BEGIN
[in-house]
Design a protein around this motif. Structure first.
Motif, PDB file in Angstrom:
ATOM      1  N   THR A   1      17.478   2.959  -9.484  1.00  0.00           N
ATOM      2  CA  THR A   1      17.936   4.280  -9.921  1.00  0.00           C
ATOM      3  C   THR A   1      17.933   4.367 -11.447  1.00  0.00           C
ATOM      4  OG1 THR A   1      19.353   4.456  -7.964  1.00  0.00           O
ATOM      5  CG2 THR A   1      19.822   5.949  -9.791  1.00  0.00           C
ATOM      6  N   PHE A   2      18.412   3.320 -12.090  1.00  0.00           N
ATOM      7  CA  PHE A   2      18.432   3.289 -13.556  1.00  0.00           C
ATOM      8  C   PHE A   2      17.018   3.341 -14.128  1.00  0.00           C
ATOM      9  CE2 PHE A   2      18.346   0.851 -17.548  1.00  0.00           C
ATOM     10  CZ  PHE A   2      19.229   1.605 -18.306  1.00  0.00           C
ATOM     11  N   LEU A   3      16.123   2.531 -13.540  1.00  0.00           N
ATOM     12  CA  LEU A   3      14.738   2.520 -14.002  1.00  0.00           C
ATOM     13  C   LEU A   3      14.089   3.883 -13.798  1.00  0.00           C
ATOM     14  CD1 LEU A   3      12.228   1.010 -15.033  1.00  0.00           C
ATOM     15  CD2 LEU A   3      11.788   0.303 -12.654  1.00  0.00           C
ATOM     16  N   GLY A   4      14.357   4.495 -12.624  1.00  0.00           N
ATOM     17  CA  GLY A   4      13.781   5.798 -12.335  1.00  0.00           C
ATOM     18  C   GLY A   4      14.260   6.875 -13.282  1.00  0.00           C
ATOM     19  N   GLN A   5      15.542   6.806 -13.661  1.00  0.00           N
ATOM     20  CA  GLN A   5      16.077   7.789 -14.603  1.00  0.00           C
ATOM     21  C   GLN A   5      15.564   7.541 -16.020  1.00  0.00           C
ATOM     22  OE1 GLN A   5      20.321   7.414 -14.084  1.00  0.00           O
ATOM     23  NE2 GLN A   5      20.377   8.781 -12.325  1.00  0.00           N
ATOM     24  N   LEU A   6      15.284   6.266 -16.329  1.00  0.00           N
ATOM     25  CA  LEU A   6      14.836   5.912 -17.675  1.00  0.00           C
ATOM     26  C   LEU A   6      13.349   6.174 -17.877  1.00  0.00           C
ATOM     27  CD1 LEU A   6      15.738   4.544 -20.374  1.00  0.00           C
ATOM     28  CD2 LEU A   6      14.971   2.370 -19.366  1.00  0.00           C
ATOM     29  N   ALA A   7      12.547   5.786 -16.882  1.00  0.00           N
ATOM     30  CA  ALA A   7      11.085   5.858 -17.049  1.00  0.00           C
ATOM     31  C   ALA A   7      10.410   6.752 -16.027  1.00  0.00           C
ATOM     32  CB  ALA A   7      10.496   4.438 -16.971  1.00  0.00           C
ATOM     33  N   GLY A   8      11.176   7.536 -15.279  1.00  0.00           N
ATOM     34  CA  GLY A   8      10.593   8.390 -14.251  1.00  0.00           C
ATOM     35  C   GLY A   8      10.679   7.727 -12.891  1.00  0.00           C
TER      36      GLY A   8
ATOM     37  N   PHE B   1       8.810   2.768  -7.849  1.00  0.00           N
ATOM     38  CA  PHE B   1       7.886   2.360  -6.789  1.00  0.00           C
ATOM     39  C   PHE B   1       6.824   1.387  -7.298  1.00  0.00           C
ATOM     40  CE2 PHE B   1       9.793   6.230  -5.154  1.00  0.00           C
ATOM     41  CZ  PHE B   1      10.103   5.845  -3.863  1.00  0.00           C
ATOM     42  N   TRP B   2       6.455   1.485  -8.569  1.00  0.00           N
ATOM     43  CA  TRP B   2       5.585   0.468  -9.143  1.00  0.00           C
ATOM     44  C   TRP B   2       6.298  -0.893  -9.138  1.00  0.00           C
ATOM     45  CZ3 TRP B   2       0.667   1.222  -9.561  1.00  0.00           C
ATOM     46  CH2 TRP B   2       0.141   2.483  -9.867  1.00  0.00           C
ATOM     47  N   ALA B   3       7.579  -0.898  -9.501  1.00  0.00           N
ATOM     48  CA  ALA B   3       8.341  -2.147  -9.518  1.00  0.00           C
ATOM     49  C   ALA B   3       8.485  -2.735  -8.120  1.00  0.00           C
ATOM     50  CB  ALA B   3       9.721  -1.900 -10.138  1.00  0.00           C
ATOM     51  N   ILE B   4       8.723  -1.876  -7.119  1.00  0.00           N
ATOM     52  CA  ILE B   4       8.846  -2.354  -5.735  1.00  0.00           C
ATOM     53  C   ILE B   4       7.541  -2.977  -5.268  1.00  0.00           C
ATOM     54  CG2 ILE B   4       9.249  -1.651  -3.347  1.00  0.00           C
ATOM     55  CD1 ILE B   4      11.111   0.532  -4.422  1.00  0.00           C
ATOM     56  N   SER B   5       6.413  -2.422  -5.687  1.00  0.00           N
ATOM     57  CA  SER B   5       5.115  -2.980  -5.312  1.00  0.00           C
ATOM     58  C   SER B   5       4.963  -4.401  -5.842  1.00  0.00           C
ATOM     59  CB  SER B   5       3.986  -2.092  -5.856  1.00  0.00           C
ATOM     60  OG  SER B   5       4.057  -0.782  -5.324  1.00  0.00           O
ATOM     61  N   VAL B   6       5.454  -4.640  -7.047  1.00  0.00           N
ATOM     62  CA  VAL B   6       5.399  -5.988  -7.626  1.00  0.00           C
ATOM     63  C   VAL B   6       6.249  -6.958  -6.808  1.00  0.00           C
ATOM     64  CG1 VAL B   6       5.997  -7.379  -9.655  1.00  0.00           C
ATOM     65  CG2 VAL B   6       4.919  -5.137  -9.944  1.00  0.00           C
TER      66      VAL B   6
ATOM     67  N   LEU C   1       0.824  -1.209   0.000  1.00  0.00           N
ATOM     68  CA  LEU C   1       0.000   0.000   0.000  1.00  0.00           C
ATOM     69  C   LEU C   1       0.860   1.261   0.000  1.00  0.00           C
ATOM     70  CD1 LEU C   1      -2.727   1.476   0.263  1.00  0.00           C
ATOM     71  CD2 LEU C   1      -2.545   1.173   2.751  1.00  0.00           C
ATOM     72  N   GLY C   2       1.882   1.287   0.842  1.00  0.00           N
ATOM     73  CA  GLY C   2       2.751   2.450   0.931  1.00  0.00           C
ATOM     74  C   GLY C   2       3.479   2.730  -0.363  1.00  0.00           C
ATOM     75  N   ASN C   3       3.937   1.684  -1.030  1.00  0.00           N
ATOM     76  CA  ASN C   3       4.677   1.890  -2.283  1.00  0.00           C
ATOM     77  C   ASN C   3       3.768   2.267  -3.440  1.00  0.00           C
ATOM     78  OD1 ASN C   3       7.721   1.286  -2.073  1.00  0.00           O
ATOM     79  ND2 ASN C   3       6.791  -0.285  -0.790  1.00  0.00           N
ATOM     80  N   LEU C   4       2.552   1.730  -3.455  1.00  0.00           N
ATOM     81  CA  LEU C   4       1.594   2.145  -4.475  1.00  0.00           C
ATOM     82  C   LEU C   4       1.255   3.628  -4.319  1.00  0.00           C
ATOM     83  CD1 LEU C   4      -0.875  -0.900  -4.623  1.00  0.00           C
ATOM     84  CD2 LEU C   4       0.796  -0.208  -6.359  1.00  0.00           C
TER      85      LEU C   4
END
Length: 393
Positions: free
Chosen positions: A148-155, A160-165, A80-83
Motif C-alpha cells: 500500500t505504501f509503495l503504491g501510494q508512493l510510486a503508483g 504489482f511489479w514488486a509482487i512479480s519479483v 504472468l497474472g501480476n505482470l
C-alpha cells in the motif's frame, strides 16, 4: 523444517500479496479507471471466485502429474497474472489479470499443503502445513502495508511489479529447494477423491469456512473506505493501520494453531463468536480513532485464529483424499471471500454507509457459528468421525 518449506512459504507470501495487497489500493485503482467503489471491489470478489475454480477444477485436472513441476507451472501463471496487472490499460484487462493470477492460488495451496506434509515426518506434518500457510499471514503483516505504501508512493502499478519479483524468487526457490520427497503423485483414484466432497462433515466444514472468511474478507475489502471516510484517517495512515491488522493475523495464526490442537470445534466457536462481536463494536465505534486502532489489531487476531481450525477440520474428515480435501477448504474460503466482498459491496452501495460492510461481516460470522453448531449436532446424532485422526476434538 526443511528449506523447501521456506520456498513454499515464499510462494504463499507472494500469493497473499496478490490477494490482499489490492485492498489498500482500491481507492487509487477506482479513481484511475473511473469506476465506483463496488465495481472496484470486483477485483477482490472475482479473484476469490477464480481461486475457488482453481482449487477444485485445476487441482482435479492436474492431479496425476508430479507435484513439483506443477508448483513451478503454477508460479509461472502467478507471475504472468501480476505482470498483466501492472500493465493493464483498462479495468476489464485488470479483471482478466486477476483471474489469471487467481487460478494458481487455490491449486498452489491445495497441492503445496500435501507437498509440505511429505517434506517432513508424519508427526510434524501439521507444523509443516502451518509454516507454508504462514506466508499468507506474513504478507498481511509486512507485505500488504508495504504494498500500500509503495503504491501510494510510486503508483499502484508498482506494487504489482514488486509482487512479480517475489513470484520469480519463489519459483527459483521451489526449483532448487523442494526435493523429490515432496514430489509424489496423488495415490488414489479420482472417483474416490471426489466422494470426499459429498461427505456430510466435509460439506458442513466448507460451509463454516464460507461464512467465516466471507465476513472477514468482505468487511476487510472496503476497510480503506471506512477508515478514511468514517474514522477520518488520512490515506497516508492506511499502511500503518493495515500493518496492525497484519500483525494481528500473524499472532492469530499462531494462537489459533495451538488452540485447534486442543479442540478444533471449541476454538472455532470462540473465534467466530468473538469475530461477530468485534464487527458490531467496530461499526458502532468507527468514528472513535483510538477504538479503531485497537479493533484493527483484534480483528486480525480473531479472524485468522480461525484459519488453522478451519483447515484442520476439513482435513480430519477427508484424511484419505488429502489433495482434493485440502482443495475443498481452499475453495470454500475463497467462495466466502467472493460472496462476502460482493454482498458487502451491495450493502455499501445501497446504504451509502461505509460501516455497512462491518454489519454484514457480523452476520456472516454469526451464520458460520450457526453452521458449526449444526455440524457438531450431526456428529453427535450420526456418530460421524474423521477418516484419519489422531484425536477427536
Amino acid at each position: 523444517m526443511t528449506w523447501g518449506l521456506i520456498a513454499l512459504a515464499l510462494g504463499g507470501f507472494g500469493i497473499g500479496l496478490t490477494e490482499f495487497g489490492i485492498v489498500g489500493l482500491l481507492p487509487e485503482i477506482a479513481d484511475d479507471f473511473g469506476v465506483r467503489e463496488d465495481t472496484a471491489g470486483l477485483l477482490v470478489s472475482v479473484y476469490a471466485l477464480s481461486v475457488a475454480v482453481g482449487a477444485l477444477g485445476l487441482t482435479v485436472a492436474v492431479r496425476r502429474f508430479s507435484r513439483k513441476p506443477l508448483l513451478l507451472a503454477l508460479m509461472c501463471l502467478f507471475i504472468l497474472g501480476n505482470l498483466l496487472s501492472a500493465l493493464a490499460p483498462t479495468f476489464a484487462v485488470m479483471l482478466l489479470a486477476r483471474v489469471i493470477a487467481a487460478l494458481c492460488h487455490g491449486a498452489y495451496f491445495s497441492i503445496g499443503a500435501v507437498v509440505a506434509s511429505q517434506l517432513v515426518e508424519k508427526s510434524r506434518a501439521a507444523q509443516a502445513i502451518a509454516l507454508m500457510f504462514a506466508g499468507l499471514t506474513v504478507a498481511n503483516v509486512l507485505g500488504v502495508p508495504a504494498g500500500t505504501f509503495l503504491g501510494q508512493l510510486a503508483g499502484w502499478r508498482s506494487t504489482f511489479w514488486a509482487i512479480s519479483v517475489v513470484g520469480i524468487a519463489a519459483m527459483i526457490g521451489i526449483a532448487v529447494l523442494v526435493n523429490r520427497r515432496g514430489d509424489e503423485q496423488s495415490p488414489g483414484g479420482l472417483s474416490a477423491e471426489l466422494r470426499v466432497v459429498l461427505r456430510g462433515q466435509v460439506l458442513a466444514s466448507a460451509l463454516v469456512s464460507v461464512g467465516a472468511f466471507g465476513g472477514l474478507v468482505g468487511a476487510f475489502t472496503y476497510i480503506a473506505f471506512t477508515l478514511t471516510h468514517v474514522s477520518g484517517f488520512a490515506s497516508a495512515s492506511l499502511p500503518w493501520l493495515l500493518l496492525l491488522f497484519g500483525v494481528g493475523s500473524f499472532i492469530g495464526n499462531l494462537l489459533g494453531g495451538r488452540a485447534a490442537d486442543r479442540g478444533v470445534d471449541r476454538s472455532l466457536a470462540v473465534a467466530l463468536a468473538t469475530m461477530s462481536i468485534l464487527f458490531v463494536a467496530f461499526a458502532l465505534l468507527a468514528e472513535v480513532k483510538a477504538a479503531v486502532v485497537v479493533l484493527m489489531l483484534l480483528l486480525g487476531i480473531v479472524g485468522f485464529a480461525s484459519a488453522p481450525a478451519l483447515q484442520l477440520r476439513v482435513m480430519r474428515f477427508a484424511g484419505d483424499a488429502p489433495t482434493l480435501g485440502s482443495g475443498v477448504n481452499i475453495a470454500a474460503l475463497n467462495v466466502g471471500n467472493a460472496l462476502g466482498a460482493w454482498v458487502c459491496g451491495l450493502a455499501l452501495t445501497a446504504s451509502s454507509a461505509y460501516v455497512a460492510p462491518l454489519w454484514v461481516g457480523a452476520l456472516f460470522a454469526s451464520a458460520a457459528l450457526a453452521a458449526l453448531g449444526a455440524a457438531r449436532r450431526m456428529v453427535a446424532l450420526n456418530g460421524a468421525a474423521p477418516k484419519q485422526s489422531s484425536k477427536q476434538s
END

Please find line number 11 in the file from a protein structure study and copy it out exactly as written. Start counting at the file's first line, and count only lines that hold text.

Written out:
ATOM      8  C   PHE A   2      17.018   3.341 -14.128  1.00  0.00           C